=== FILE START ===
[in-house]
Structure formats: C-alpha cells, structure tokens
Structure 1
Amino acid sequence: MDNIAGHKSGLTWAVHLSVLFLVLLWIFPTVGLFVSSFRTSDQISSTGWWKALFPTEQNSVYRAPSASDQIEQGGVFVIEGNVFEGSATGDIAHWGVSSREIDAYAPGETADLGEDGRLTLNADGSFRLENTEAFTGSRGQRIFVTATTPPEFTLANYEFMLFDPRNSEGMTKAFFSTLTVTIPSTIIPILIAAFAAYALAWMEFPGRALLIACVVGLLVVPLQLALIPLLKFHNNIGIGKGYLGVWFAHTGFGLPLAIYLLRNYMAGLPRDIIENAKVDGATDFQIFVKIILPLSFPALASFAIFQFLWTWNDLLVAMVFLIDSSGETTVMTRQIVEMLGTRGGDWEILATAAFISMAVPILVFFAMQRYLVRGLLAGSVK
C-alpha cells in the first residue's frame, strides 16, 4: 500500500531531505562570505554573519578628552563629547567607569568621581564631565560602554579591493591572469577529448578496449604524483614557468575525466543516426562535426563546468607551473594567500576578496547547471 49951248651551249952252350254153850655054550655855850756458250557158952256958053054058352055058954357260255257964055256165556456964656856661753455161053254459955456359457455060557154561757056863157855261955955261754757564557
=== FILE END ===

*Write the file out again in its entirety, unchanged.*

[in-house]
Structure formats: C-alpha cells, structure tokens
Structure 1
Amino acid sequence: MDNIAGHKSGLTWAVHLSVLFLVLLWIFPTVGLFVSSFRTSDQISSTGWWKALFPTEQNSVYRAPSASDQIEQGGVFVIEGNVFEGSATGDIAHWGVSSREIDAYAPGETADLGEDGRLTLNADGSFRLENTEAFTGSRGQRIFVTATTPPEFTLANYEFMLFDPRNSEGMTKAFFSTLTVTIPSTIIPILIAAFAAYALAWMEFPGRALLIACVVGLLVVPLQLALIPLLKFHNNIGIGKGYLGVWFAHTGFGLPLAIYLLRNYMAGLPRDIIENAKVDGATDFQIFVKIILPLSFPALASFAIFQFLWTWNDLLVAMVFLIDSSGETTVMTRQIVEMLGTRGGDWEILATAAFISMAVPILVFFAMQRYLVRGLLAGSVK
C-alpha cells in the first residue's frame, strides 16, 4: 500500500531531505562570505554573519578628552563629547567607569568621581564631565560602554579591493591572469577529448578496449604524483614557468575525466543516426562535426563546468607551473594567500576578496547547471 49951248651551249952252350254153850655054550655855850756458250557158952256958053054058352055058954357260255257964055256165556456964656856661753455161053254459955456359457455060557154561757056863157855261955955261754757564557